This was the first of our great quotes "It's just right over there" or "Watch this"
After foraging through water and mud, we (I) finally went back to the road and decided to go a different wrong way, thiking it would be dry and clear.
We waded knee deep through mud and a run off river to get to the "highwater trail", all the while there was a nice dry road leading to it.
At one point, ankle deep in water, Matt says "I sure hope they don't trap muskrats back here, that would not be fun to step in a trap". Not sure how I would explain that one to the wife.
I missed the picture of us knee deep, but these were good.
This is at least 3 inches of "death mud"
"New Balance claims these are 9 ounces. No way that is accurate. I am writing them a letter"
We finally made it to the dry road/trail and made our way from Highwater trail, to the Texas trail. The trail was actually in pretty good condition. The ground has not fully thawed, so there are some patchy mud spots, but they should be dry in a few weeks. The sandy areas are still sandy like last year.
We made it around Texas up to the Pump trail. Last year this was very technical. This year a bulldozer come through and it is now a road/fire trail. Much easier.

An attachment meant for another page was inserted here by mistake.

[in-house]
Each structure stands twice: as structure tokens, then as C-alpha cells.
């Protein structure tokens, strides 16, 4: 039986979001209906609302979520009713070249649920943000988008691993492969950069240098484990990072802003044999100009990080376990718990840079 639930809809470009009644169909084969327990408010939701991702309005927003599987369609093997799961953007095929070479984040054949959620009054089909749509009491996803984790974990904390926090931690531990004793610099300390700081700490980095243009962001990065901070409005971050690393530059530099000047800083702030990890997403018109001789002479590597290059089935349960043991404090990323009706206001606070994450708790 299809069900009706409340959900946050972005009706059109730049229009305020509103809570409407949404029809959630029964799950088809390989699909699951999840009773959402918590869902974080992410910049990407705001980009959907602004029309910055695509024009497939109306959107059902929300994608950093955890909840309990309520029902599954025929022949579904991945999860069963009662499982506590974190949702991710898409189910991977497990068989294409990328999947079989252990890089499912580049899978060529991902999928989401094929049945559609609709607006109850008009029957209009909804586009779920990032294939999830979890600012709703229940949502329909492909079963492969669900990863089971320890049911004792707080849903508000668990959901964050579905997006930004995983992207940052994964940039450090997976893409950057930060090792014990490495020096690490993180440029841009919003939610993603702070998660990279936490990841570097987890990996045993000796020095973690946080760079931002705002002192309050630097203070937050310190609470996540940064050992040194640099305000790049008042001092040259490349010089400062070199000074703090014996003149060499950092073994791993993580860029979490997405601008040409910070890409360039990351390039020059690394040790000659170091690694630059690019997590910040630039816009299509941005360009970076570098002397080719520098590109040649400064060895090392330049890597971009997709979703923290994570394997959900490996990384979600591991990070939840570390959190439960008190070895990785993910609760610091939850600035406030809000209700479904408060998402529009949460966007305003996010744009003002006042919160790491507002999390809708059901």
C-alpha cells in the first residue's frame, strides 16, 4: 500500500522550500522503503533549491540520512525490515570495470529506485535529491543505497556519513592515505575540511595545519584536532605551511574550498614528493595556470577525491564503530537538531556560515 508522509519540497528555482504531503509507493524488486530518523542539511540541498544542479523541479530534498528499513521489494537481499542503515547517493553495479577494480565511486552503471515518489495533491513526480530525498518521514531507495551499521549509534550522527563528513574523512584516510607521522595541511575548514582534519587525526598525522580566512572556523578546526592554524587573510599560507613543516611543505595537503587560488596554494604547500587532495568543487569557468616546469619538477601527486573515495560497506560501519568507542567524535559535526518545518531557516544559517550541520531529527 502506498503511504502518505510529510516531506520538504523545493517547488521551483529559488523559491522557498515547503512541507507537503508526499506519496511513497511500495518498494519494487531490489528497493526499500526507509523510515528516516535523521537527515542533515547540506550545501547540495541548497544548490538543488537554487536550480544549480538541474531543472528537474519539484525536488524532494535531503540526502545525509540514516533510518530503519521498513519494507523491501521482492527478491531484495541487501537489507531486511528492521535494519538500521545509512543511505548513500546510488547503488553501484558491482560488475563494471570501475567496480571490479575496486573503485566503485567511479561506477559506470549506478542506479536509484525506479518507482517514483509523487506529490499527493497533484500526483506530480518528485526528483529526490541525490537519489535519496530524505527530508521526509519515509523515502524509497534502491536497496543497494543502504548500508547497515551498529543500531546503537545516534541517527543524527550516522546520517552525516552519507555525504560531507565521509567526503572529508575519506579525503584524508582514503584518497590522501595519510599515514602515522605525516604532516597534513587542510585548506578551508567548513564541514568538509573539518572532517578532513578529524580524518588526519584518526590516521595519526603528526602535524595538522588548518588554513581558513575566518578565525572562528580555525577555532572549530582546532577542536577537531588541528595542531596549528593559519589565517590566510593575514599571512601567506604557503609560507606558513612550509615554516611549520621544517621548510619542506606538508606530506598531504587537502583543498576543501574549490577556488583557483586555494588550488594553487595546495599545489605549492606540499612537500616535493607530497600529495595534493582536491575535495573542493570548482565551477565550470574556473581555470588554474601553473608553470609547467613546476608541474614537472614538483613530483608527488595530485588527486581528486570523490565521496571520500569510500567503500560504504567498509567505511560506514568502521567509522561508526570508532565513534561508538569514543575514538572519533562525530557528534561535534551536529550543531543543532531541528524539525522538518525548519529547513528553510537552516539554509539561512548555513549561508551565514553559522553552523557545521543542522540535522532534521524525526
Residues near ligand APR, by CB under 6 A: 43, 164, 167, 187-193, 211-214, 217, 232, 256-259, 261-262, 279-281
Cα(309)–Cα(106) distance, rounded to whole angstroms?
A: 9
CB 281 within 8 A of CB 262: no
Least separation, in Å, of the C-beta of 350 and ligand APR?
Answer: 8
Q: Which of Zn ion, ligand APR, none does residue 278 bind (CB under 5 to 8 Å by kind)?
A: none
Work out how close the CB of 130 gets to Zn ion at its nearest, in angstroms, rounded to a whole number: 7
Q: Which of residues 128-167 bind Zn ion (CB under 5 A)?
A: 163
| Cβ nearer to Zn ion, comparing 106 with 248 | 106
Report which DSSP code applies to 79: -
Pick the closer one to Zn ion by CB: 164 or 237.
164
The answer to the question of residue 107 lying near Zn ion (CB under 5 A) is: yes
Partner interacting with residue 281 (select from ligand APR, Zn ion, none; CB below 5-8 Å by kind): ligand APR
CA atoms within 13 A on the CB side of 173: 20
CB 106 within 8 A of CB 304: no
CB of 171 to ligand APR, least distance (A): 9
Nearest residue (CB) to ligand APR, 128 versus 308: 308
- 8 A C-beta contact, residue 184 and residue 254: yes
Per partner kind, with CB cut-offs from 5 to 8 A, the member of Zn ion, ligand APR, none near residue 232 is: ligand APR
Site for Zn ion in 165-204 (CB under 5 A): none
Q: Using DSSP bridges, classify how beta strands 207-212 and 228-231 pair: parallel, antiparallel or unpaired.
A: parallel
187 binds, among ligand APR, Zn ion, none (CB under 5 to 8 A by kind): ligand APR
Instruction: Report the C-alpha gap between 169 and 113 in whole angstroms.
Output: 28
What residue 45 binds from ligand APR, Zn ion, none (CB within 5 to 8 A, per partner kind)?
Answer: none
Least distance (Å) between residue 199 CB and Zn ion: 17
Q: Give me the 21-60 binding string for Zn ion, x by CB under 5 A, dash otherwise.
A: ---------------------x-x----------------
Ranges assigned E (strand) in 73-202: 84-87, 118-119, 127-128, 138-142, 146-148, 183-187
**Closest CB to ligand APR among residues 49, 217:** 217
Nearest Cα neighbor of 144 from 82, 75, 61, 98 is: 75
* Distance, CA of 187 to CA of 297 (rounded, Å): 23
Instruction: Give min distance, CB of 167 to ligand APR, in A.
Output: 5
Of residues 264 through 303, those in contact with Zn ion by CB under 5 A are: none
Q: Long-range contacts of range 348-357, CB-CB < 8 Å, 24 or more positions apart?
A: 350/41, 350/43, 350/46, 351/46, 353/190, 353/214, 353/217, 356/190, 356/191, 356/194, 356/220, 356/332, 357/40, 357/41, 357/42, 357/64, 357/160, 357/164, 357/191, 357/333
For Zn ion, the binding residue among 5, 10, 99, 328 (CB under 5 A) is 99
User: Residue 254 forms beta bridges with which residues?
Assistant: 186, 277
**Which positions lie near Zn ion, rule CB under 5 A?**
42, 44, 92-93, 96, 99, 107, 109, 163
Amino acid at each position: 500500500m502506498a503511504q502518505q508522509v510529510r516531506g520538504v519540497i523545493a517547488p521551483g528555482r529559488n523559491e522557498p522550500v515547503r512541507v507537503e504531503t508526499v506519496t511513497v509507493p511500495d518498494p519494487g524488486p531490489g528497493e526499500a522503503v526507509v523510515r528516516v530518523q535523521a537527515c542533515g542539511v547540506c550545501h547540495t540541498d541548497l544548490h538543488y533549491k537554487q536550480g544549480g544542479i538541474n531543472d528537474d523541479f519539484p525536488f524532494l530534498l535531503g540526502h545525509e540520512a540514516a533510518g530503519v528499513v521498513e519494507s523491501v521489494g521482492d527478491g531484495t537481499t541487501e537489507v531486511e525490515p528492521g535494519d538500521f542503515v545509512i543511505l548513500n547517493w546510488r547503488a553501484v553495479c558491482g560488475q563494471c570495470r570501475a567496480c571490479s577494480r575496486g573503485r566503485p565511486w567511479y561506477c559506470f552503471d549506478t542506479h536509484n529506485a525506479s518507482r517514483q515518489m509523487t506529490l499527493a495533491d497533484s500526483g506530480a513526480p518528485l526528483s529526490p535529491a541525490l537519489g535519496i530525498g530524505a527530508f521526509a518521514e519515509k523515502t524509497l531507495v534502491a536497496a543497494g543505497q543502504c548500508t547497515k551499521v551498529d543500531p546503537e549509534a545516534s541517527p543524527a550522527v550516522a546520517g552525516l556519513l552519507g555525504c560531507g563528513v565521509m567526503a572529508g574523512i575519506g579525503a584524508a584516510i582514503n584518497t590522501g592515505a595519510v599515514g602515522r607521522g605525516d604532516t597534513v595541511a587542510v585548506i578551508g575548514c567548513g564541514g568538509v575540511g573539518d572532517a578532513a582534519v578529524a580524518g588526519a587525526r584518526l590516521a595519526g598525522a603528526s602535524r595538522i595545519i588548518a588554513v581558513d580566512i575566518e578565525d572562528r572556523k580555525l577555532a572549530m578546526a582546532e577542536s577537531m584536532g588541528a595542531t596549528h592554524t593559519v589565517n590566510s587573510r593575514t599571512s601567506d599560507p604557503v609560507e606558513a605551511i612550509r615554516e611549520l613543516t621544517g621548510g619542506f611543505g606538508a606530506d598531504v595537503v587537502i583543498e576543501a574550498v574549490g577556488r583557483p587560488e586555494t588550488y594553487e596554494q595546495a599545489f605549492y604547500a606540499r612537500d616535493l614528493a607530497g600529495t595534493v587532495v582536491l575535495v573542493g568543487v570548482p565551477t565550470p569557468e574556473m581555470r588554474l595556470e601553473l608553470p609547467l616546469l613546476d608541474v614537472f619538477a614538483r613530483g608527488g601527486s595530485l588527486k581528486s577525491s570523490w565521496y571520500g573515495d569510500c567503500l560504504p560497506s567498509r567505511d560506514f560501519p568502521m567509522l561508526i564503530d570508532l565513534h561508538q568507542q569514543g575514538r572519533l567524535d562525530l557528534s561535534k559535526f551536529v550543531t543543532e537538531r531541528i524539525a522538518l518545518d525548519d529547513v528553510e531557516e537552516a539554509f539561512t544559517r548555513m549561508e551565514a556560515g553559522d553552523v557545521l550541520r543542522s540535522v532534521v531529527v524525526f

At the top is one of "Larry's Specials". The map shows a dotted line between two trails. I call these "Storkamp Trails". Only deer and guys like John Storkamp can actually find the trails. I did my best, but we ended up off course. At this point, we were having fun, but it could have stopped quickly as one of us could have lost an eye.
We ended up on a trail after the second Aid Startion, but since we were close, we just figued it was a good skip. I knew this section pretty well, as I ran it 4 times last year instead of the required 3 for the 100k. I am not missing the turn this time!
We ran through the "Lower Sand Coulee", which is more sand than coulee. Then the "new" trail, up to the "Picnic Rock" trail. Good single track up there, and a bunch of ridge running. The gulley washouts were in good condition, but a lot of leaves covering rocks. This was a problem for some last year. I figure "just commit, and go down".